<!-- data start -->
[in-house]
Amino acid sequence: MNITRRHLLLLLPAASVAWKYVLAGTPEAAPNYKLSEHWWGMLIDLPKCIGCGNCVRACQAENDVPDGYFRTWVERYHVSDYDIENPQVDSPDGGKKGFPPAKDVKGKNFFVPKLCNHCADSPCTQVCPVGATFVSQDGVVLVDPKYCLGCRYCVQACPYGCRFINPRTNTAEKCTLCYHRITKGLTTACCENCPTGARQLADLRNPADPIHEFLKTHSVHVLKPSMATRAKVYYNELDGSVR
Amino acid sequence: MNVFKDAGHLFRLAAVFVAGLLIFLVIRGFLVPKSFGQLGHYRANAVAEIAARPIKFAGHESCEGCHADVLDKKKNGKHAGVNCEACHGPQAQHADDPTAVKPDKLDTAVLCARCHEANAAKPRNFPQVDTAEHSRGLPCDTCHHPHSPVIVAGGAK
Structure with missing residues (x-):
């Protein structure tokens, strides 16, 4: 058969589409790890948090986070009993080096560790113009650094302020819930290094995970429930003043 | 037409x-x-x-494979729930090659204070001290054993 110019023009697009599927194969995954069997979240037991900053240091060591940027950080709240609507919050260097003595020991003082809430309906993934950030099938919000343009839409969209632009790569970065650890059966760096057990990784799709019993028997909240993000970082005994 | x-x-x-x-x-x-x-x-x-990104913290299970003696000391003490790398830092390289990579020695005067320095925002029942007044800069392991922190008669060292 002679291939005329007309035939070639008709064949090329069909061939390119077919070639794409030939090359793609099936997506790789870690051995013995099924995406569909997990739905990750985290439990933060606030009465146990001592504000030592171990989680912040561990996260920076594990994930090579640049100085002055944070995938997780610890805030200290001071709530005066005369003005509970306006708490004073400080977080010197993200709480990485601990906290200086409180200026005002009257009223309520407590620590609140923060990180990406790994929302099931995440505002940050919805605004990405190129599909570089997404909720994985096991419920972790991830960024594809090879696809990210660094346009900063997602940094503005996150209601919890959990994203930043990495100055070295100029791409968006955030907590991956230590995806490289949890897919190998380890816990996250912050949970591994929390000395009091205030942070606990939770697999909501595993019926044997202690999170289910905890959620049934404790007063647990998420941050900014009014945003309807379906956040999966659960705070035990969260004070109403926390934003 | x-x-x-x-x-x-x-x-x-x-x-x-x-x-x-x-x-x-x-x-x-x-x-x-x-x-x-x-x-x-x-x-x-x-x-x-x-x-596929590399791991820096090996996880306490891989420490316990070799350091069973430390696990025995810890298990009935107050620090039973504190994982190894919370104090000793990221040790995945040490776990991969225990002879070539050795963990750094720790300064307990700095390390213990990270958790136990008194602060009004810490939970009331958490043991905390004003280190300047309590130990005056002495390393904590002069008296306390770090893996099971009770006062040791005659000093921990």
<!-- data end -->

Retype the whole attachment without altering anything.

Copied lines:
[in-house]
Amino acid sequence: MNITRRHLLLLLPAASVAWKYVLAGTPEAAPNYKLSEHWWGMLIDLPKCIGCGNCVRACQAENDVPDGYFRTWVERYHVSDYDIENPQVDSPDGGKKGFPPAKDVKGKNFFVPKLCNHCADSPCTQVCPVGATFVSQDGVVLVDPKYCLGCRYCVQACPYGCRFINPRTNTAEKCTLCYHRITKGLTTACCENCPTGARQLADLRNPADPIHEFLKTHSVHVLKPSMATRAKVYYNELDGSVR
Amino acid sequence: MNVFKDAGHLFRLAAVFVAGLLIFLVIRGFLVPKSFGQLGHYRANAVAEIAARPIKFAGHESCEGCHADVLDKKKNGKHAGVNCEACHGPQAQHADDPTAVKPDKLDTAVLCARCHEANAAKPRNFPQVDTAEHSRGLPCDTCHHPHSPVIVAGGAK
Structure with missing residues (x-):
């Protein structure tokens, strides 16, 4: 058969589409790890948090986070009993080096560790113009650094302020819930290094995970429930003043 | 037409x-x-x-494979729930090659204070001290054993 110019023009697009599927194969995954069997979240037991900053240091060591940027950080709240609507919050260097003595020991003082809430309906993934950030099938919000343009839409969209632009790569970065650890059966760096057990990784799709019993028997909240993000970082005994 | x-x-x-x-x-x-x-x-x-990104913290299970003696000391003490790398830092390289990579020695005067320095925002029942007044800069392991922190008669060292 002679291939005329007309035939070639008709064949090329069909061939390119077919070639794409030939090359793609099936997506790789870690051995013995099924995406569909997990739905990750985290439990933060606030009465146990001592504000030592171990989680912040561990996260920076594990994930090579640049100085002055944070995938997780610890805030200290001071709530005066005369003005509970306006708490004073400080977080010197993200709480990485601990906290200086409180200026005002009257009223309520407590620590609140923060990180990406790994929302099931995440505002940050919805605004990405190129599909570089997404909720994985096991419920972790991830960024594809090879696809990210660094346009900063997602940094503005996150209601919890959990994203930043990495100055070295100029791409968006955030907590991956230590995806490289949890897919190998380890816990996250912050949970591994929390000395009091205030942070606990939770697999909501595993019926044997202690999170289910905890959620049934404790007063647990998420941050900014009014945003309807379906956040999966659960705070035990969260004070109403926390934003 | x-x-x-x-x-x-x-x-x-x-x-x-x-x-x-x-x-x-x-x-x-x-x-x-x-x-x-x-x-x-x-x-x-x-x-x-x-x-596929590399791991820096090996996880306490891989420490316990070799350091069973430390696990025995810890298990009935107050620090039973504190994982190894919370104090000793990221040790995945040490776990991969225990002879070539050795963990750094720790300064307990700095390390213990990270958790136990008194602060009004810490939970009331958490043991905390004003280190300047309590130990005056002495390393904590002069008296306390770090893996099971009770006062040791005659000093921990």